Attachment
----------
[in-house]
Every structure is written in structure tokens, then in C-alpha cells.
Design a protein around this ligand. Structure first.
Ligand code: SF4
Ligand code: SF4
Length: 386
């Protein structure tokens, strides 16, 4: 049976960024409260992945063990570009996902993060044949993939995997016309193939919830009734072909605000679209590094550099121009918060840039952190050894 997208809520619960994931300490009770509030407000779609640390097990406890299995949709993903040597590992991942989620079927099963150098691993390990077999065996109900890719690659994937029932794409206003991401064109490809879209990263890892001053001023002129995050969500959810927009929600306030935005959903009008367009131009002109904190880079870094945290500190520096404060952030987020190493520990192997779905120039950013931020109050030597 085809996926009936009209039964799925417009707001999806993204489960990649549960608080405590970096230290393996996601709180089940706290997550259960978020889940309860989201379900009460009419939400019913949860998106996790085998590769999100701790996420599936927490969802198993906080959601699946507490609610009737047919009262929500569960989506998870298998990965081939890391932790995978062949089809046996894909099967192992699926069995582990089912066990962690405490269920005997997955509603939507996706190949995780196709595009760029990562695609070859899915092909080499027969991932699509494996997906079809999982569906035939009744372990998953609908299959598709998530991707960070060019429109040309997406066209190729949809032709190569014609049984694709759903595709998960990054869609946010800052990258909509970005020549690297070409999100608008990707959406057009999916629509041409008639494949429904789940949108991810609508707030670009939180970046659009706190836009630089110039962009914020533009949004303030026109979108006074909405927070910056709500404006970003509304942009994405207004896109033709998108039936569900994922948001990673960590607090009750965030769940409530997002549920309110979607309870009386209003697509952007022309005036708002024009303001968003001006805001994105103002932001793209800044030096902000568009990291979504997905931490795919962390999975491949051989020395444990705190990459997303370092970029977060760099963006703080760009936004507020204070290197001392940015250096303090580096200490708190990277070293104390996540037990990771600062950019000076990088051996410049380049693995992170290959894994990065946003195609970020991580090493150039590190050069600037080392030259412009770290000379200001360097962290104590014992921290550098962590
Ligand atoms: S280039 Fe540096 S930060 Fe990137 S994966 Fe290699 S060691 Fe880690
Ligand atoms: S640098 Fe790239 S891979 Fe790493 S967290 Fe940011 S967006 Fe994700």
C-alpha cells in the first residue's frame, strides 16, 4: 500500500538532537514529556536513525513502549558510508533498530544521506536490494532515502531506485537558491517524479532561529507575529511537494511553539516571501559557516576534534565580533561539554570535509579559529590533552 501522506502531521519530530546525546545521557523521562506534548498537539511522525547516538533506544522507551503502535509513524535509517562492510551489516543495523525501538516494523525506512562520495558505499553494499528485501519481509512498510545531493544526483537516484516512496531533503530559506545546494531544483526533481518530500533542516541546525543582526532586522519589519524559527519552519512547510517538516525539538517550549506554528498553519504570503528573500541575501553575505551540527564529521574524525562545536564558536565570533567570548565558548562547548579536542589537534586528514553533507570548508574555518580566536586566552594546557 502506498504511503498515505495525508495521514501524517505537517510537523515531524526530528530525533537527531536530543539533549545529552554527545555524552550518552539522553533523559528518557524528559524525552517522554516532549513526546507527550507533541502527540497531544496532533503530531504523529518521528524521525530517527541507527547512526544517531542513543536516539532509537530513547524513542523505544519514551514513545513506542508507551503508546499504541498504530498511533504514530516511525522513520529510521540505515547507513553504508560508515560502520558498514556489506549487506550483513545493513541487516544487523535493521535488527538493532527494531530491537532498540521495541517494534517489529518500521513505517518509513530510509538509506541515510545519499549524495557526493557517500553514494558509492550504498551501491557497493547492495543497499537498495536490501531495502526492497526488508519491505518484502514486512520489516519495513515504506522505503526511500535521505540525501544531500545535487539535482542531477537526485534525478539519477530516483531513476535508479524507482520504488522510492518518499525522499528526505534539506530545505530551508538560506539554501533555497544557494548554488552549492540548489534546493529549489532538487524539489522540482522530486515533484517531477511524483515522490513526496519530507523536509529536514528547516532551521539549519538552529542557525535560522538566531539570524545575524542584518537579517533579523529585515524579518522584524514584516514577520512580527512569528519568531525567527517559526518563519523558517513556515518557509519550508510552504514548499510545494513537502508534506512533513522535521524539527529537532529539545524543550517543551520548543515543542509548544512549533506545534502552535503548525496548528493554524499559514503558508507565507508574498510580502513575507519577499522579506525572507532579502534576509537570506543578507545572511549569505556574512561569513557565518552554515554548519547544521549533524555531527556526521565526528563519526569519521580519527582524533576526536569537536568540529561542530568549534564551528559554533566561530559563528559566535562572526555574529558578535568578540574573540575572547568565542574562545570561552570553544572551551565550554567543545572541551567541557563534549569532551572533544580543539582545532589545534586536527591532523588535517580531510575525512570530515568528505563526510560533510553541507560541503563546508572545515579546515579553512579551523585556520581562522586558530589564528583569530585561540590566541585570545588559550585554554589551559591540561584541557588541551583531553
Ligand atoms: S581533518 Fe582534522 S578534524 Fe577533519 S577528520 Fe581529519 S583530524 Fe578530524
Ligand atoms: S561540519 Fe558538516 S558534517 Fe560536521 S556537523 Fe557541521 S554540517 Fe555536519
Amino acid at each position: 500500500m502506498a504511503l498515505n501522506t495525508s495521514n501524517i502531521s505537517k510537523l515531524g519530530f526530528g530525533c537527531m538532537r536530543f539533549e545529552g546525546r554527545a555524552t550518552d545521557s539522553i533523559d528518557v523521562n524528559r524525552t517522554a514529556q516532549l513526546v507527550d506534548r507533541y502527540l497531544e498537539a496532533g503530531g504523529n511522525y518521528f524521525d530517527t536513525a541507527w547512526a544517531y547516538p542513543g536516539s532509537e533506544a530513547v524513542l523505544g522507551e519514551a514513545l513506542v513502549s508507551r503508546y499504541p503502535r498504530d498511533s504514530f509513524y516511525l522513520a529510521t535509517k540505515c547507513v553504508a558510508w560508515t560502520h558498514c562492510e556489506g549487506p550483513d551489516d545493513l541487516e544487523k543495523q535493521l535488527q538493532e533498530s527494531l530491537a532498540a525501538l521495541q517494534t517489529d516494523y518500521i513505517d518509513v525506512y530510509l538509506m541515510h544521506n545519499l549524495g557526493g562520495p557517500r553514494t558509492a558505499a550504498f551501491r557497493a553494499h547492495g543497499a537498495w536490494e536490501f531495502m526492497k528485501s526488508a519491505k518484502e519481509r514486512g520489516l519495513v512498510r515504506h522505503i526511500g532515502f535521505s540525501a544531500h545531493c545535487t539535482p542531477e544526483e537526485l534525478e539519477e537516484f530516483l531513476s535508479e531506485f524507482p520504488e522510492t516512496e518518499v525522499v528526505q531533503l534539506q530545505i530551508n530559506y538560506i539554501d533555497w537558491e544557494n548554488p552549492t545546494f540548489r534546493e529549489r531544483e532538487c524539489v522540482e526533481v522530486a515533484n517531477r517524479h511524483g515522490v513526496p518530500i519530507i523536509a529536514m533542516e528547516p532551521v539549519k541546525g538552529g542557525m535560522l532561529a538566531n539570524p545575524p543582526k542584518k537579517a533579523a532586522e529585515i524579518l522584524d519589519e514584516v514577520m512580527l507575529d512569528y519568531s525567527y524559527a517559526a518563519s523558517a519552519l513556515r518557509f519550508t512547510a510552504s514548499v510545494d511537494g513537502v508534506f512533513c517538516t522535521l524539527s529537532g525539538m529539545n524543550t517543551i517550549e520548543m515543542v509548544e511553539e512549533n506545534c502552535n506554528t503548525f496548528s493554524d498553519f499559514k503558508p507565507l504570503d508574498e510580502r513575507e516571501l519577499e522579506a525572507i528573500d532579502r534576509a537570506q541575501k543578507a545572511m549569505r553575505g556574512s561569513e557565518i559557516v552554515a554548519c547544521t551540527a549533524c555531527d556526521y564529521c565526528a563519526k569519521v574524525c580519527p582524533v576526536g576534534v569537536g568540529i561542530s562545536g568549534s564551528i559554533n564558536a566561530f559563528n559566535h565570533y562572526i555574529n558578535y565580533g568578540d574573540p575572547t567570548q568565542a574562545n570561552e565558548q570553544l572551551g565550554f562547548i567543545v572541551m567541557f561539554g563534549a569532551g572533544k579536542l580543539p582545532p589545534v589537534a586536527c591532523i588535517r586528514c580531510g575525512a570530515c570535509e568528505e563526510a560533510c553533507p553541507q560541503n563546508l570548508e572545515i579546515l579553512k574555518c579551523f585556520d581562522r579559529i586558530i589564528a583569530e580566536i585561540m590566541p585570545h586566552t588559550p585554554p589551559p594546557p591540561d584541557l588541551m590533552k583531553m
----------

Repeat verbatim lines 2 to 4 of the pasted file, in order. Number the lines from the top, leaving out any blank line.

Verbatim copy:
Every structure is written in structure tokens, then in C-alpha cells.
Design a protein around this ligand. Structure first.
Ligand code: SF4